Temporal range: Late Cretaceous
Tyrannosauridae (or tyrannosaurids, meaning "tyrant lizards") was a family of coelurosaurian theropod dinosaurs which comprises two subfamilies containing up to six genera, including the eponymous Tyrannosaurus. The exact number of genera is controversial, with some experts recognizing as few as three. All of these animals lived near the end of the Cretaceous Period and their fossils have been found only in North America and Asia. Although descended from smaller ancestors, tyrannosaurids were almost always the largest predators in their respective ecosystems, putting them at the apex of the food chain. The largest species was Tyrannosaurus rex, one of the largest known land predators, which measured up to 12.3 metres (40 ft) in length and up to 7 tons in weight. Tyrannosaurids were bipedal carnivores with massive skulls filled with large teeth. Despite their large size, their legs were long and proportioned for fast movement. In contrast, their arms were very small, bearing only two functional digits. Unlike most other groups of dinosaurs, very complete remains have been discovered for most known tyrannosaurids. This has allowed a variety of research into their biology. Scientific studies have focused on their ontogeny, biomechanics and ecology, among other subjects. Soft tissue, both fossilized and intact, has been reported from one specimen of Tyrannosaurus rex. There are track ways showing evidence of pack behaivor, which has been suspected by some paleontologists such as Phillip Currie, but there was no fossil evidence until recently.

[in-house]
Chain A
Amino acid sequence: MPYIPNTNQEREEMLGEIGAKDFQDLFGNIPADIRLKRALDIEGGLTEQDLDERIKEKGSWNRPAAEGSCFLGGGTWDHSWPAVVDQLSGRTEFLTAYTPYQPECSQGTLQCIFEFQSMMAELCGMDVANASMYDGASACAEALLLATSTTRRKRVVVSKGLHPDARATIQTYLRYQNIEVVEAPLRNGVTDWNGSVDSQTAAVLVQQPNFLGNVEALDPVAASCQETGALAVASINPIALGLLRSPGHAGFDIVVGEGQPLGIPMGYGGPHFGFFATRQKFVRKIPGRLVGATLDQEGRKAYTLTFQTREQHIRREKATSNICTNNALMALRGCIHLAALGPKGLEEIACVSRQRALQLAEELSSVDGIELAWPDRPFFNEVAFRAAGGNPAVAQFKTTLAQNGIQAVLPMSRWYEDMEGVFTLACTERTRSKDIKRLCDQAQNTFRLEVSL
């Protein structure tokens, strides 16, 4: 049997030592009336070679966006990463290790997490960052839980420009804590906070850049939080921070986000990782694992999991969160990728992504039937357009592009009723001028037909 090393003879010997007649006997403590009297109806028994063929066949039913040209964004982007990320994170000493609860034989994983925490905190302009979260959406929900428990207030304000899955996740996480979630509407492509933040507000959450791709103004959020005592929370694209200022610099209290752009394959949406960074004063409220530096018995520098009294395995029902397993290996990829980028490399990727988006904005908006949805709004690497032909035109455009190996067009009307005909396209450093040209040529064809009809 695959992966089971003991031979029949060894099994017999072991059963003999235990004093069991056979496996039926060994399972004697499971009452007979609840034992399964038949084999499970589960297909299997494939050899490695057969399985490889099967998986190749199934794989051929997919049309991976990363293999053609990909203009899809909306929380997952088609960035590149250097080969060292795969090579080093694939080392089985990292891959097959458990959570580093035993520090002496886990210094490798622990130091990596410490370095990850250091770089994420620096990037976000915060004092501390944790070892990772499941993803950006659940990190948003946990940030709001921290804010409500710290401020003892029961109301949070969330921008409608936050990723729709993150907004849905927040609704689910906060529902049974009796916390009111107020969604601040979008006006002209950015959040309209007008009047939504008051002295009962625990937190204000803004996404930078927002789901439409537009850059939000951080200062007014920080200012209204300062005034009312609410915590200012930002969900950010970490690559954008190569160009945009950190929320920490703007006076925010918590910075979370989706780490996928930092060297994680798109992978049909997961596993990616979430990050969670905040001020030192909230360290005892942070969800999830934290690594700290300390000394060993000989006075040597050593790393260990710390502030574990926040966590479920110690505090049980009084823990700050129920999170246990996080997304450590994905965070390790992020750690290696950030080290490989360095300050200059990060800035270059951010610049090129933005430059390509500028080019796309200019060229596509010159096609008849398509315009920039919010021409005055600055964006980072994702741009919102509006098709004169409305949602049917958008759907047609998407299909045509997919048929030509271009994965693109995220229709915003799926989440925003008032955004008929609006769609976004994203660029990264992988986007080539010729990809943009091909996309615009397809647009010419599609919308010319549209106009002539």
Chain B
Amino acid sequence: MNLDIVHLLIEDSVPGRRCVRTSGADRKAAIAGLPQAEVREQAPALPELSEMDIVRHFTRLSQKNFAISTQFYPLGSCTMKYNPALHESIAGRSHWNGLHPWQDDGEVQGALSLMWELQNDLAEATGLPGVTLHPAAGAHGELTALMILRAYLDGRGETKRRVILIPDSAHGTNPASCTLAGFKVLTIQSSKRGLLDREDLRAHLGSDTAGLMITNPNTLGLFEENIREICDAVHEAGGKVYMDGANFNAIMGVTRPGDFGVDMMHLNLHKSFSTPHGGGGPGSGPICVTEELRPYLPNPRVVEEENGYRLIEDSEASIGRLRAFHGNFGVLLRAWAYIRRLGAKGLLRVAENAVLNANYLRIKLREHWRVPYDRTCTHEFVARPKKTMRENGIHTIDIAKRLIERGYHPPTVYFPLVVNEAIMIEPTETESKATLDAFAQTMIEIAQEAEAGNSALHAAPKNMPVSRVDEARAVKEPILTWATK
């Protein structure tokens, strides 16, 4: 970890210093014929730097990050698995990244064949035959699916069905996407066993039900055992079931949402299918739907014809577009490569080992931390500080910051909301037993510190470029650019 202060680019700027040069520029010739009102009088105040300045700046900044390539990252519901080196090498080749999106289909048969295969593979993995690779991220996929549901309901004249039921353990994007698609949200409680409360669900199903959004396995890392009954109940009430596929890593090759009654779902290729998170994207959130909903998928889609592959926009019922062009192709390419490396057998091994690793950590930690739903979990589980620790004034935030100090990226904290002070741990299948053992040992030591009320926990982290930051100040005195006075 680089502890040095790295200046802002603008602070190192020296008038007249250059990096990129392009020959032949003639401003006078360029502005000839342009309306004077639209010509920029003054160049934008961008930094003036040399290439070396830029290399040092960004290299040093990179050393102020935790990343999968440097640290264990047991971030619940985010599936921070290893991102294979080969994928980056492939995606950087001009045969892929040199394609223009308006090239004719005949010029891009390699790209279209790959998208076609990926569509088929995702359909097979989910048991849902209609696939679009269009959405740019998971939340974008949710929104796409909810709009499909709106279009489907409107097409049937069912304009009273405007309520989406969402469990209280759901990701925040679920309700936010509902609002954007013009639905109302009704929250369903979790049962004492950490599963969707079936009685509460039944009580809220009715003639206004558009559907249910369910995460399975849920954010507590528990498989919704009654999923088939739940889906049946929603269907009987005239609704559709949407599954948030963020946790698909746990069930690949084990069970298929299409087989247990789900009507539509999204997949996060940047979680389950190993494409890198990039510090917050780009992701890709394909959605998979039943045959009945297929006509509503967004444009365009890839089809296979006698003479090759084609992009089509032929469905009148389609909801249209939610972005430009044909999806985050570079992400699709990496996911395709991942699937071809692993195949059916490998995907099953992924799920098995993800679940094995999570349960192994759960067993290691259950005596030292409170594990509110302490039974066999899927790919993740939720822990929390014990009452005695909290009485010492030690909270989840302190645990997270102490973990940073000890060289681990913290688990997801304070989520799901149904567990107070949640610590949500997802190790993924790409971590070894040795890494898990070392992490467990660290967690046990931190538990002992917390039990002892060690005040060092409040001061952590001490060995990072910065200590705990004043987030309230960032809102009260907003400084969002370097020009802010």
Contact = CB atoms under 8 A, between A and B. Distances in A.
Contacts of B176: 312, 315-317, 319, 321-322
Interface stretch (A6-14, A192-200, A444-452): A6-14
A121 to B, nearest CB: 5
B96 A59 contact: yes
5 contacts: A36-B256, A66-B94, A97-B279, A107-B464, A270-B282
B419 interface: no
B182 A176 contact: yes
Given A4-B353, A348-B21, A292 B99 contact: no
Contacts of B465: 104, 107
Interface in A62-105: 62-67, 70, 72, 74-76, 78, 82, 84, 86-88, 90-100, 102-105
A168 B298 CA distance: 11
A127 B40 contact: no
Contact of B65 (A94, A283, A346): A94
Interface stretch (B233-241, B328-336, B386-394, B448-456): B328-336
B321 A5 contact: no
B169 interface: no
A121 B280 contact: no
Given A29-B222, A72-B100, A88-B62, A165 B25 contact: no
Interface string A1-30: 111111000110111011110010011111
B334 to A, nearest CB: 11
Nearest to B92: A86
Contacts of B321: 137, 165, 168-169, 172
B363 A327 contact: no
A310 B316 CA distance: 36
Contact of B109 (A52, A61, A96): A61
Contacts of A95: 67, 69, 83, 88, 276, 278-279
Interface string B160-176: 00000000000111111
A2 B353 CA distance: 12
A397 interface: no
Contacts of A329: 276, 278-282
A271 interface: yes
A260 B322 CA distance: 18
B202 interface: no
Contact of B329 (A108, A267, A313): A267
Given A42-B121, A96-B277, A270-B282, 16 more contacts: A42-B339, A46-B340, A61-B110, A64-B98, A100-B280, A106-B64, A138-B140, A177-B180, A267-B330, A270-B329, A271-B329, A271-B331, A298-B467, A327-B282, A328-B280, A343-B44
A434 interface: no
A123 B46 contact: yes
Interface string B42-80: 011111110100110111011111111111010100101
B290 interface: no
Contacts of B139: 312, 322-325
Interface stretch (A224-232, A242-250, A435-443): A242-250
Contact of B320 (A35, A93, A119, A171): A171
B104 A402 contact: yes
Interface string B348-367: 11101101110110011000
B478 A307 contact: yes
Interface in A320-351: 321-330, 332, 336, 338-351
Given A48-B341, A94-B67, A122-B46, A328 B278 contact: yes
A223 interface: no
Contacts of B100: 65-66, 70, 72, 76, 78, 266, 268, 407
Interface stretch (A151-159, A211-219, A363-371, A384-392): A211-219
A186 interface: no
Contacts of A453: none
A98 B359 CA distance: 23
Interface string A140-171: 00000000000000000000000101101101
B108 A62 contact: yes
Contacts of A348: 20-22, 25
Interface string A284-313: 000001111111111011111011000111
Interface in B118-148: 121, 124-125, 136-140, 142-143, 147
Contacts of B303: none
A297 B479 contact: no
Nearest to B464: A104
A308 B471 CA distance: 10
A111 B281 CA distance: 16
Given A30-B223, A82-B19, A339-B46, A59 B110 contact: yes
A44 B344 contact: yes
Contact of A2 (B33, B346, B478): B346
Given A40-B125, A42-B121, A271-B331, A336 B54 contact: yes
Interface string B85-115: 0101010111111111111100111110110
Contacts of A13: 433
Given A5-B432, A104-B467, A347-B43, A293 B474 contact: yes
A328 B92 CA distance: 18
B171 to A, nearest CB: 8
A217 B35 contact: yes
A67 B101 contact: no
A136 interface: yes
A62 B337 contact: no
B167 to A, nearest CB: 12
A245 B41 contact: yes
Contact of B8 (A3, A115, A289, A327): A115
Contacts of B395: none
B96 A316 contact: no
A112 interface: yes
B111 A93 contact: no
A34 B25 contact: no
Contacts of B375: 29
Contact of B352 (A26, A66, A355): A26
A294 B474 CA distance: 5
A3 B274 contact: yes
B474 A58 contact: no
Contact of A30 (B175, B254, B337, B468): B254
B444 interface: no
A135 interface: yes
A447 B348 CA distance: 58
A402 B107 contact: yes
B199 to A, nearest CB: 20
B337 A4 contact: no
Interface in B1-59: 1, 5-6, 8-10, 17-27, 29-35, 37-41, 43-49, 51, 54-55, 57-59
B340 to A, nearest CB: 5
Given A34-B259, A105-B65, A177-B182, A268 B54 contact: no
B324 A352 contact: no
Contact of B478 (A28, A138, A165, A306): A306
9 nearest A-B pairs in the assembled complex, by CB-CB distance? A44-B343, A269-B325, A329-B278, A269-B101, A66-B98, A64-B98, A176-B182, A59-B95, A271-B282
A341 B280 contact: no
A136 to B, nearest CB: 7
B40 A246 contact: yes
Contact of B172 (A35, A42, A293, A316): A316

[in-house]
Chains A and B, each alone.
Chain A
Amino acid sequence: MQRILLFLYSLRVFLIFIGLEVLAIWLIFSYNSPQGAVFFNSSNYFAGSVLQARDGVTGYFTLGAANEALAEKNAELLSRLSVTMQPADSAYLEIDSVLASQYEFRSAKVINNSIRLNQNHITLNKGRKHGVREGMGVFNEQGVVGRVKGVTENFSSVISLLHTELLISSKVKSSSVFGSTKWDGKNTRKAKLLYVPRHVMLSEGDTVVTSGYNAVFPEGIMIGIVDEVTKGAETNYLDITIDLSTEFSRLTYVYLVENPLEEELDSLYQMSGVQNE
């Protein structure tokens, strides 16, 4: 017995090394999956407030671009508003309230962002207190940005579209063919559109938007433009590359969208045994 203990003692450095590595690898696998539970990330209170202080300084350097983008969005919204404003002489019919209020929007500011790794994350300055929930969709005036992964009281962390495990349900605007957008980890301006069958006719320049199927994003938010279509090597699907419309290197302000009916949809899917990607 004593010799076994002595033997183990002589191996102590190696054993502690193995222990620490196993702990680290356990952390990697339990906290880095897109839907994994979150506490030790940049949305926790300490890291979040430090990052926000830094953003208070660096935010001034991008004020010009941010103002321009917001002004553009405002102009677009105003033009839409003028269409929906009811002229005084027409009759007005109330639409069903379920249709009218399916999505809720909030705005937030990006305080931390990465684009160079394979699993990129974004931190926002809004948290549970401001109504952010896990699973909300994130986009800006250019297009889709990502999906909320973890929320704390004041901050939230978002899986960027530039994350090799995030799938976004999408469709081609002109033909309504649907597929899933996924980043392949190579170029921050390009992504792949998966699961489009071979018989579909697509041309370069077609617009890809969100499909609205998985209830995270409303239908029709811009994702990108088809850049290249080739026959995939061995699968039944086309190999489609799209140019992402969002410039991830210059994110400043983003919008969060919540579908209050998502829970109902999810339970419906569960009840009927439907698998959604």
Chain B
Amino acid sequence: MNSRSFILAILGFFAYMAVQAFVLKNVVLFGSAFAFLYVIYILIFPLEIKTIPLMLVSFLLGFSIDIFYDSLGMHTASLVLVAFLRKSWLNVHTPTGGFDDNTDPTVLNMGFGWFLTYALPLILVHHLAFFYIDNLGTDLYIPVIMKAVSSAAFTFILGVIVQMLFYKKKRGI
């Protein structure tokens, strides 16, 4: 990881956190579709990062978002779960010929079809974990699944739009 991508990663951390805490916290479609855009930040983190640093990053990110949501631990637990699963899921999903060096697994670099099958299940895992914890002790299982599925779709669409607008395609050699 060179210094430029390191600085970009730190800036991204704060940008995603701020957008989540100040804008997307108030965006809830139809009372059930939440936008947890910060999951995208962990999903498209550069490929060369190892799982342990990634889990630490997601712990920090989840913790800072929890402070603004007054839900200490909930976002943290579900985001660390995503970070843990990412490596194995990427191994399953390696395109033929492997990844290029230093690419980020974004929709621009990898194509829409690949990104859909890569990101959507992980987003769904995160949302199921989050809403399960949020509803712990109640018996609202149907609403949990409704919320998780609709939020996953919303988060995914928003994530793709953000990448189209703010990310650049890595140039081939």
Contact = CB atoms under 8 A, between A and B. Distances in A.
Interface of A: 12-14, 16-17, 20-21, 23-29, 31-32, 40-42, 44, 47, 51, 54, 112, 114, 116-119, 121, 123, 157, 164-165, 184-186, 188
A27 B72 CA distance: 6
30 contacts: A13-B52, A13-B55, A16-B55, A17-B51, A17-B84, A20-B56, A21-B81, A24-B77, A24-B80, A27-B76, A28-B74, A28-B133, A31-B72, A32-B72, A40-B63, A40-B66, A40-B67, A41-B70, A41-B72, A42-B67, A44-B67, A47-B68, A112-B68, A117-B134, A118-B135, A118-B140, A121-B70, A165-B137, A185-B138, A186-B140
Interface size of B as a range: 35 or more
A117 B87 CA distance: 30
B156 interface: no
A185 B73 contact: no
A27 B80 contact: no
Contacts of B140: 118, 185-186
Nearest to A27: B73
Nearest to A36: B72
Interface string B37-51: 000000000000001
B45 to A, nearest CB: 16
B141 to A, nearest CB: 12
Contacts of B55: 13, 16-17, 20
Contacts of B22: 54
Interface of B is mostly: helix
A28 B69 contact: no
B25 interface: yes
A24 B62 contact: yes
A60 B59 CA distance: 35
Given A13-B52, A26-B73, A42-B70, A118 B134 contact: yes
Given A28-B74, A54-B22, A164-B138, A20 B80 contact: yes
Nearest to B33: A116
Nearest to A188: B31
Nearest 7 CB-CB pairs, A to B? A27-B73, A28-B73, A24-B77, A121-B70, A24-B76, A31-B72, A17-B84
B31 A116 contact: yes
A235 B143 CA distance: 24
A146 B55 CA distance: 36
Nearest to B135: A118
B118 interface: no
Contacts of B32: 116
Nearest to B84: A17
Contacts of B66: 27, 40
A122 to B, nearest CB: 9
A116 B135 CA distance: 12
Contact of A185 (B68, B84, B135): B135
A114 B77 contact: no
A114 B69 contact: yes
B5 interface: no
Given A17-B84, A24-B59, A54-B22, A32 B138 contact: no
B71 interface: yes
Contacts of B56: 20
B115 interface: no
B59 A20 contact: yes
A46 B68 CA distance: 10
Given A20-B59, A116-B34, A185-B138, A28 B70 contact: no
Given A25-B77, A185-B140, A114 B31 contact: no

The phylogeny is from the analysis by Stephen L. Brusatte & Thomas D. Carr (2016).